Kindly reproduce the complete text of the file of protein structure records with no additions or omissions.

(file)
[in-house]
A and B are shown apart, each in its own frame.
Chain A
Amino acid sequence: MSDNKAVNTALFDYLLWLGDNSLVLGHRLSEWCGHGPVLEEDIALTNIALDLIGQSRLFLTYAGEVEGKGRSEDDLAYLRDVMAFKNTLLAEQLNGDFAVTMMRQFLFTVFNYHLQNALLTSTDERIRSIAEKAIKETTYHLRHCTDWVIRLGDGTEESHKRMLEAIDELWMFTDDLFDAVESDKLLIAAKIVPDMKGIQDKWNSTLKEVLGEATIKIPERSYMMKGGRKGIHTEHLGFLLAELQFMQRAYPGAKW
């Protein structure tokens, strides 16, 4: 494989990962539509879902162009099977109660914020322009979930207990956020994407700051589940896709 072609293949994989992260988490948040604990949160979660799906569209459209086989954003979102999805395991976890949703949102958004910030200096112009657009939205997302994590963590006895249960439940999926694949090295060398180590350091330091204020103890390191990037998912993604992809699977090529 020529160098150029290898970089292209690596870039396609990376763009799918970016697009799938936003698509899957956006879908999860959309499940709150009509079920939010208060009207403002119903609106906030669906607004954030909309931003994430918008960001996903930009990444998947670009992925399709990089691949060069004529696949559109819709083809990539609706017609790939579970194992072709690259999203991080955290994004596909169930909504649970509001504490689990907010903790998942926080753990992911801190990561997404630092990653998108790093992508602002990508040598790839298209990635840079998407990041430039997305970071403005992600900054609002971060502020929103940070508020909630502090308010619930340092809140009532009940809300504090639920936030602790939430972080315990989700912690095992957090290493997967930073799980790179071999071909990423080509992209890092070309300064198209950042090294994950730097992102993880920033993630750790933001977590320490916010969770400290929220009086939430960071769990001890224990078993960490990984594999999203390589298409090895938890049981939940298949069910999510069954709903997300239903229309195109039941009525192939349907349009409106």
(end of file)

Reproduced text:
[in-house]
A and B are shown apart, each in its own frame.
Chain A
Amino acid sequence: MSDNKAVNTALFDYLLWLGDNSLVLGHRLSEWCGHGPVLEEDIALTNIALDLIGQSRLFLTYAGEVEGKGRSEDDLAYLRDVMAFKNTLLAEQLNGDFAVTMMRQFLFTVFNYHLQNALLTSTDERIRSIAEKAIKETTYHLRHCTDWVIRLGDGTEESHKRMLEAIDELWMFTDDLFDAVESDKLLIAAKIVPDMKGIQDKWNSTLKEVLGEATIKIPERSYMMKGGRKGIHTEHLGFLLAELQFMQRAYPGAKW
């Protein structure tokens, strides 16, 4: 494989990962539509879902162009099977109660914020322009979930207990956020994407700051589940896709 072609293949994989992260988490948040604990949160979660799906569209459209086989954003979102999805395991976890949703949102958004910030200096112009657009939205997302994590963590006895249960439940999926694949090295060398180590350091330091204020103890390191990037998912993604992809699977090529 020529160098150029290898970089292209690596870039396609990376763009799918970016697009799938936003698509899957956006879908999860959309499940709150009509079920939010208060009207403002119903609106906030669906607004954030909309931003994430918008960001996903930009990444998947670009992925399709990089691949060069004529696949559109819709083809990539609706017609790939579970194992072709690259999203991080955290994004596909169930909504649970509001504490689990907010903790998942926080753990992911801190990561997404630092990653998108790093992508602002990508040598790839298209990635840079998407990041430039997305970071403005992600900054609002971060502020929103940070508020909630502090308010619930340092809140009532009940809300504090639920936030602790939430972080315990989700912690095992957090290493997967930073799980790179071999071909990423080509992209890092070309300064198209950042090294994950730097992102993880920033993630750790933001977590320490916010969770400290929220009086939430960071769990001890224990078993960490990984594999999203390589298409090895938890049981939940298949069910999510069954709903997300239903229309195109039941009525192939349907349009409106």